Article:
The question is not if the drones will swarm, but when. Drones are touted as labor-saving devices, but few of the remotely controlled piloted vehicles in service presently can actually match that claim, since it still takes at least one pilot per drone. In a speech at the Royal United Services Institute Feb. 11, UK Defence Secretary Gavin Williamson announced that the United Kingdom was ready to develop and deploy a swarm of drones by the end of 2019.

Should such a thing come to pass, it would be a remarkable development in military drones. Swarms, built on autonomous software and communicating with each other and possibly a human supervisor, would be an evolutionary change, a whole airborne host of flying machines lightly monitored and mostly empowered to execute missions on its own. Presently, swarms are the domain of showy spectacle and entertainment, but militaries around the globe are deeply interested in swarming robots of their own.

The Pentagon’s experimented with drone swarms for years, like the Perdix drone swarm from 2017, or the Navy’s LOCUST swarm drones from 2016. Earlier this year, the Department of Defense and the Ministry of Defense announced a partnership competition to develop drone AI for piloting through and mapping wildfires, but that’s at most just the start of a long drone development project.

So what sort of swarm is Williamson suggesting the UK deploy? Let’s look at the full quote.

“And, to complement leading edge technology from F35, I have decided to use the Transformation Fund to develop swarm squadrons of network enabled drones capable of confusing and overwhelming enemy air defences,” said Williamson in his speech. “We expect to see these ready to be deployed by the end of this year.”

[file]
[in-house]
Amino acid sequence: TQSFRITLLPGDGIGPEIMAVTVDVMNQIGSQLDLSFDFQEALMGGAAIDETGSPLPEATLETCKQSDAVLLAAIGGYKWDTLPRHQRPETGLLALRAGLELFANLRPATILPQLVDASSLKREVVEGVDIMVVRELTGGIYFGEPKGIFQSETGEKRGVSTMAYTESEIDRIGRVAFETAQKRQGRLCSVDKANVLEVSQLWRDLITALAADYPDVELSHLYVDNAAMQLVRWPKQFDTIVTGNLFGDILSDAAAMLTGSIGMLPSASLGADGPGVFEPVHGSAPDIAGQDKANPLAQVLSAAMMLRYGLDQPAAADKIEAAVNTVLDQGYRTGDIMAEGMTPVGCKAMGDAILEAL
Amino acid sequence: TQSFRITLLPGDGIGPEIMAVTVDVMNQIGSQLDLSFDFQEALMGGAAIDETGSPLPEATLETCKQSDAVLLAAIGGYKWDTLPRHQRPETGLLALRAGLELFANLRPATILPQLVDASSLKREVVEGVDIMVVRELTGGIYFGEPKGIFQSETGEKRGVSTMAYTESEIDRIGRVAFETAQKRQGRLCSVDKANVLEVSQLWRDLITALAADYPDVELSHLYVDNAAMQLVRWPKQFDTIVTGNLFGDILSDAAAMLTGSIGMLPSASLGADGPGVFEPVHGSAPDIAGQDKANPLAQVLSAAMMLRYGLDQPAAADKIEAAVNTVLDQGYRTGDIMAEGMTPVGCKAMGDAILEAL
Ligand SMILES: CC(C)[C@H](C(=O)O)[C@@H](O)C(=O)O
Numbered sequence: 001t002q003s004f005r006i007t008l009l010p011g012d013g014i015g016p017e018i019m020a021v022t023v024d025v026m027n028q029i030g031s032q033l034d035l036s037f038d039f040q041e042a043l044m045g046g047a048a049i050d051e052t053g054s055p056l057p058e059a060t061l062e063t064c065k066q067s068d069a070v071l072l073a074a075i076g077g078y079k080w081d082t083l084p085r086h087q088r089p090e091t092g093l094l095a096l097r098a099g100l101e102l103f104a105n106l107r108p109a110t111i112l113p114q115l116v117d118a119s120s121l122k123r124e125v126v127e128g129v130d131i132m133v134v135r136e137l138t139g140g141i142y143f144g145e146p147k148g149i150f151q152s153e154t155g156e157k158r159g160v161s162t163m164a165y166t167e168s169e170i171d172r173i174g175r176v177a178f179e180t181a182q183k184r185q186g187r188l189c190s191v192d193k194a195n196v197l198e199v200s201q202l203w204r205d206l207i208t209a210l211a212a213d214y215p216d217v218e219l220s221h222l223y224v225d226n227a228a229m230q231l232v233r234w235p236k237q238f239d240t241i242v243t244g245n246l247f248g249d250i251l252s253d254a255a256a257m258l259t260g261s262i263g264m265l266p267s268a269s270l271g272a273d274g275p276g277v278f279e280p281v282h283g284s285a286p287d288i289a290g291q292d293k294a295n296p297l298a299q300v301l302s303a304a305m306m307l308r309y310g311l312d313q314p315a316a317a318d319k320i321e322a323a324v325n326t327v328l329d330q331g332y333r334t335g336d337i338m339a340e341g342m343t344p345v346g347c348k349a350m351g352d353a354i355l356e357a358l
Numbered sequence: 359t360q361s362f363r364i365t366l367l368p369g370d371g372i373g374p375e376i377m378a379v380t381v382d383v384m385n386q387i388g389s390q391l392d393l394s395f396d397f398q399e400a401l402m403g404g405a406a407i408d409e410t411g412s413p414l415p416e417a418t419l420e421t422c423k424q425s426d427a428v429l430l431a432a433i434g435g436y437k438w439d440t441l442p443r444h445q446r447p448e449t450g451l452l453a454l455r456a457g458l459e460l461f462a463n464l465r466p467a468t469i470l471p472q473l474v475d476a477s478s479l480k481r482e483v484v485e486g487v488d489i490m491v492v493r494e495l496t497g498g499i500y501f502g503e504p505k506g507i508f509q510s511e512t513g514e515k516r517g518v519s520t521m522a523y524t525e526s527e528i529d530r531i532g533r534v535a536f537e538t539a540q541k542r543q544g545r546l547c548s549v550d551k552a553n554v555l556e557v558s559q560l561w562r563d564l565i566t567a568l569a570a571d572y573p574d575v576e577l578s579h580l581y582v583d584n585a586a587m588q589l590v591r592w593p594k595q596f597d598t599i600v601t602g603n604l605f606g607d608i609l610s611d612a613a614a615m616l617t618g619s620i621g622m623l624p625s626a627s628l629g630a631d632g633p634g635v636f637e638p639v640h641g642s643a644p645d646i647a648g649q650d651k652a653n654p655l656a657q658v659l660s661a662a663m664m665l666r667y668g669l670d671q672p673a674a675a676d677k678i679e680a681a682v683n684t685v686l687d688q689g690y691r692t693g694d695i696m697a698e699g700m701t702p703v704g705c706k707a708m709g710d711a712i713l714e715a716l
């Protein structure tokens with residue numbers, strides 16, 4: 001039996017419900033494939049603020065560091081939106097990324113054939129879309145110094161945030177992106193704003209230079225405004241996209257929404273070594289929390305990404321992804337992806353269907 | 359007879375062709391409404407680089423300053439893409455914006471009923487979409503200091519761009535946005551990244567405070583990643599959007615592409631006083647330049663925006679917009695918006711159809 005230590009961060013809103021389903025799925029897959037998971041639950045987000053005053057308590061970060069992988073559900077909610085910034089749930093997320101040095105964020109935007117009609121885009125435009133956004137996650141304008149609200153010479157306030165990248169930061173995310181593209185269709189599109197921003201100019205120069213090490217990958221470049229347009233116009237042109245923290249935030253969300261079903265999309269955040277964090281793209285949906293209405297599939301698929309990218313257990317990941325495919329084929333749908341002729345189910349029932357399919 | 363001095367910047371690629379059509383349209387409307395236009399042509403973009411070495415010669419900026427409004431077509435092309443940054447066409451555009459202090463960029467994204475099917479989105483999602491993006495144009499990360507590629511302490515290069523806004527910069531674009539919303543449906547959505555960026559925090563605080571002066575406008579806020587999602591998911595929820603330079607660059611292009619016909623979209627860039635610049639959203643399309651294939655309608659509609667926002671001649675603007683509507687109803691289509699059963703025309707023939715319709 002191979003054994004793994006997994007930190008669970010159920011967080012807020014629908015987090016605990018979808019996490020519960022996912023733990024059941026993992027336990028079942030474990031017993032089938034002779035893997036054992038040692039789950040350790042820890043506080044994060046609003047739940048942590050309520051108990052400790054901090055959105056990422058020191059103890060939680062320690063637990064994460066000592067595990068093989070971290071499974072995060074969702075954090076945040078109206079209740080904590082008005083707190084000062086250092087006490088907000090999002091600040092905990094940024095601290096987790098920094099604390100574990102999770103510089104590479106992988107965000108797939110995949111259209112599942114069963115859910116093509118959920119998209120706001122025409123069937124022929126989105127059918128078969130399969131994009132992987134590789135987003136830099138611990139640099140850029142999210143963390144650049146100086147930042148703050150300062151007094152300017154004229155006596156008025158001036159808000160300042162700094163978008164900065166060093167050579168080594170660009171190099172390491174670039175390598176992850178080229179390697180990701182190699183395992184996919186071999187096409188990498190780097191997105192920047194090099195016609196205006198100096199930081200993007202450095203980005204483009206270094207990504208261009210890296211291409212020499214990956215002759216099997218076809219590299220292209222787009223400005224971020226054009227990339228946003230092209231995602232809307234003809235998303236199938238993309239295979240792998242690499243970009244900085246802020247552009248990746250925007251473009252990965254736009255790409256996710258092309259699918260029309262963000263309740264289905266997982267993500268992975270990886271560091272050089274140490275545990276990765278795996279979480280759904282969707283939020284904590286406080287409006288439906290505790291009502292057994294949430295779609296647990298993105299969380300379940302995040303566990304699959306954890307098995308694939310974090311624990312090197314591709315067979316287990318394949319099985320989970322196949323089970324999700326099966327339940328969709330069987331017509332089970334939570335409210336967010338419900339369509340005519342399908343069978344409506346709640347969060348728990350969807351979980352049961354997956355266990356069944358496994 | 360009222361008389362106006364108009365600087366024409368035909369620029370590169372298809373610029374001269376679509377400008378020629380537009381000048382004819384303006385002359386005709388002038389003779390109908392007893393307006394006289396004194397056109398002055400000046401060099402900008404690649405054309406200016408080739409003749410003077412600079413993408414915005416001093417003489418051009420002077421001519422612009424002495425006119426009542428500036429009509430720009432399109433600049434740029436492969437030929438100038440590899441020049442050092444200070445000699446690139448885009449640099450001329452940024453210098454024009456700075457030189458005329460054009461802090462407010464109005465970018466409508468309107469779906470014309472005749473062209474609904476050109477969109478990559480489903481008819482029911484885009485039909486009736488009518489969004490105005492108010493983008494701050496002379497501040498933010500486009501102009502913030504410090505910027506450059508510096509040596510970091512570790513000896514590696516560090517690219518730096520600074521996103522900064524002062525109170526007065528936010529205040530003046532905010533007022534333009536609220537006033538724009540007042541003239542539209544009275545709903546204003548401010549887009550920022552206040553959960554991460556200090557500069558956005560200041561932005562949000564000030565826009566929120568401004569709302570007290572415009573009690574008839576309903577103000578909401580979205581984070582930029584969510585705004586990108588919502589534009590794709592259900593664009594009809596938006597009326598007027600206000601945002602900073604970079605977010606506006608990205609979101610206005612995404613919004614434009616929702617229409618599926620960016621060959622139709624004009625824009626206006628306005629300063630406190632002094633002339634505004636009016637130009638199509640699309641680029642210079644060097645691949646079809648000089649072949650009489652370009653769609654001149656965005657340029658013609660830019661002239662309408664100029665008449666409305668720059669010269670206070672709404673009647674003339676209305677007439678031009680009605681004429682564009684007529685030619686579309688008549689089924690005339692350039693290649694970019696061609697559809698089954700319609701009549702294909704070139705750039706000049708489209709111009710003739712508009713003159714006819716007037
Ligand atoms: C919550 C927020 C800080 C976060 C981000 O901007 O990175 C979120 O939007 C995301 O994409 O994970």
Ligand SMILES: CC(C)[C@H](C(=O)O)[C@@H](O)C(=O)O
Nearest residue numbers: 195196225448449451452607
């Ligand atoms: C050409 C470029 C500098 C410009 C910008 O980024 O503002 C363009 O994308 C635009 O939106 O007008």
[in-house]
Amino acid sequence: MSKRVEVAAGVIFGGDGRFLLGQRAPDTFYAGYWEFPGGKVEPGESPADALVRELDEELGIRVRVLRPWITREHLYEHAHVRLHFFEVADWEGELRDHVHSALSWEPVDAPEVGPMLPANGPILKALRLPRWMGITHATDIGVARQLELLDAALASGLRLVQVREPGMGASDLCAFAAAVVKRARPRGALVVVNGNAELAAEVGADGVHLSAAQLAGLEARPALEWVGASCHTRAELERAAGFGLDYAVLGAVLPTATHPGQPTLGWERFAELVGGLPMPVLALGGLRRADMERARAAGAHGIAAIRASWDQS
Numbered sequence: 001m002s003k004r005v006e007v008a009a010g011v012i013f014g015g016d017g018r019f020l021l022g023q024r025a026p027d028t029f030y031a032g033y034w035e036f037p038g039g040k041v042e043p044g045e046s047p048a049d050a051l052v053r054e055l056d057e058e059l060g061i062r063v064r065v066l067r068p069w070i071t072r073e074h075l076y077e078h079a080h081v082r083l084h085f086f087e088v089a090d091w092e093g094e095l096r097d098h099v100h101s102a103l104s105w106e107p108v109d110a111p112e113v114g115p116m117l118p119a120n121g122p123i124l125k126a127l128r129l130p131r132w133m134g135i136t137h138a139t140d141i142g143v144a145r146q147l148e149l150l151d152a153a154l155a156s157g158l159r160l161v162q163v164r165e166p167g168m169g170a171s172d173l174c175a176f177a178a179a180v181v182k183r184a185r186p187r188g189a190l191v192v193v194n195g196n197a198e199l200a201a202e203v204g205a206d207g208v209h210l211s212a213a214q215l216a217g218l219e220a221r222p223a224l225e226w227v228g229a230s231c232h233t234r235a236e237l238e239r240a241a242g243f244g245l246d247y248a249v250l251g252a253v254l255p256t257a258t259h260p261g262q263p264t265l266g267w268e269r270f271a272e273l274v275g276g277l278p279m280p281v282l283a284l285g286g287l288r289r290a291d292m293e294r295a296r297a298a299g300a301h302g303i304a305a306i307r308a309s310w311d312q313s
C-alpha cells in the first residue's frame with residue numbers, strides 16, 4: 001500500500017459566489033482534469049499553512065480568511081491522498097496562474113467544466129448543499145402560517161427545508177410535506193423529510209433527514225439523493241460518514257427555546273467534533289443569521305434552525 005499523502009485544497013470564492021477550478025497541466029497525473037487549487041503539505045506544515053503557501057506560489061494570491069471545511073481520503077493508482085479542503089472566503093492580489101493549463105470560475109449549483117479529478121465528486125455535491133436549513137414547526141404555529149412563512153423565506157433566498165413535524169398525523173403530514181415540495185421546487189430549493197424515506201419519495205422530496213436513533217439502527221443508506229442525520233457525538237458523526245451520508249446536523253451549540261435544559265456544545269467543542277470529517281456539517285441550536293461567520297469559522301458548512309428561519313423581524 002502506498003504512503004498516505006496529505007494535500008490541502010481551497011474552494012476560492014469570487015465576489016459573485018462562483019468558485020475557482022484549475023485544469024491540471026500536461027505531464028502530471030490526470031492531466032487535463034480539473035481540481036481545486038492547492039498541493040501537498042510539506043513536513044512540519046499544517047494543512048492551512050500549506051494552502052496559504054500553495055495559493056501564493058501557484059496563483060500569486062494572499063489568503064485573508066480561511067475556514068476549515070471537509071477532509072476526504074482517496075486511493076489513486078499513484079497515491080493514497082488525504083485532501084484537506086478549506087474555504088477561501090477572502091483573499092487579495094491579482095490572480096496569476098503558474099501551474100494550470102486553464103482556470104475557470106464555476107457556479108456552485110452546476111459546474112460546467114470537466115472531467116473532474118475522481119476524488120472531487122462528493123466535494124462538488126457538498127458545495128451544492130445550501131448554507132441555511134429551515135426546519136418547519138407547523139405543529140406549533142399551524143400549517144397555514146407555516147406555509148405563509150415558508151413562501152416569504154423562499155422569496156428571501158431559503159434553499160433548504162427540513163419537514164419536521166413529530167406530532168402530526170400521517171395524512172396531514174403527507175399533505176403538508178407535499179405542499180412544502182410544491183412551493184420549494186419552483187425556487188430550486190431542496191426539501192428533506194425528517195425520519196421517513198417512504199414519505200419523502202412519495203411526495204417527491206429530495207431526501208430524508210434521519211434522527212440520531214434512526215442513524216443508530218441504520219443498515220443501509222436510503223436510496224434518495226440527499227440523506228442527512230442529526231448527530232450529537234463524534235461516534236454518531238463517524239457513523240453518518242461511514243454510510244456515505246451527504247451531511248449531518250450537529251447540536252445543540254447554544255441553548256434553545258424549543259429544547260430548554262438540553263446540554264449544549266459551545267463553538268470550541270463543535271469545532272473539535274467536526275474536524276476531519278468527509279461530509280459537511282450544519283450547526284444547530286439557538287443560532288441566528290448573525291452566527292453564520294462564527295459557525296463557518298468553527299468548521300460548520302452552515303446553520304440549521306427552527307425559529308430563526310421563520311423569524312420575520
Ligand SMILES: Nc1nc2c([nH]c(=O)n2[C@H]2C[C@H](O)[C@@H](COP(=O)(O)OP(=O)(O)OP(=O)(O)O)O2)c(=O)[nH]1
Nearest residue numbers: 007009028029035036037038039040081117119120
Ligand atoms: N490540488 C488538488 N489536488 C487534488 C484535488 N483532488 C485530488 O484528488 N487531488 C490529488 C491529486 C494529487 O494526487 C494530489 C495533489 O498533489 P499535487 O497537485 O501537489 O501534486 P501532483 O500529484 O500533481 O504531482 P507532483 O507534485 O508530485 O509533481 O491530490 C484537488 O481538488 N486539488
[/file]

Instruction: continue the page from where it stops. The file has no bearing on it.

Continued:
This sounds less like an independent drone swarm and one built on vehicles designed to fly as robotic wingmates to crewed fighters. The drones closest to that vision are the craft made by American dronemaker Kratos, including a target drone adapted to a combat role and a specially designed combat drone. A drone like the ones made by Kratos, already developed to some degree in the United States, could be the easiest way to deploy a swarm and is also the most likely to accompany F-35s on missions.

As for the timeline, the Ministry of Defense clarified to the UK Defence Journal that while the RAF will develop the concept this year, finding a vendor and settling on the technology of the drone itself will be a three-year process.

Given hurdles other nations have seen going from a drone concept to a deployed swarm, it’s possible the UK will still be the first to do so. It is just extremely unlikely that it will happen anytime sooner than 2022.

Kelsey Atherton blogs about military technology for C4ISRNET, Fifth Domain, Defense News, and Military Times. He previously wrote for Popular Science, and also created, solicited, and edited content for a group blog on political science fiction and international security.

More In Unmanned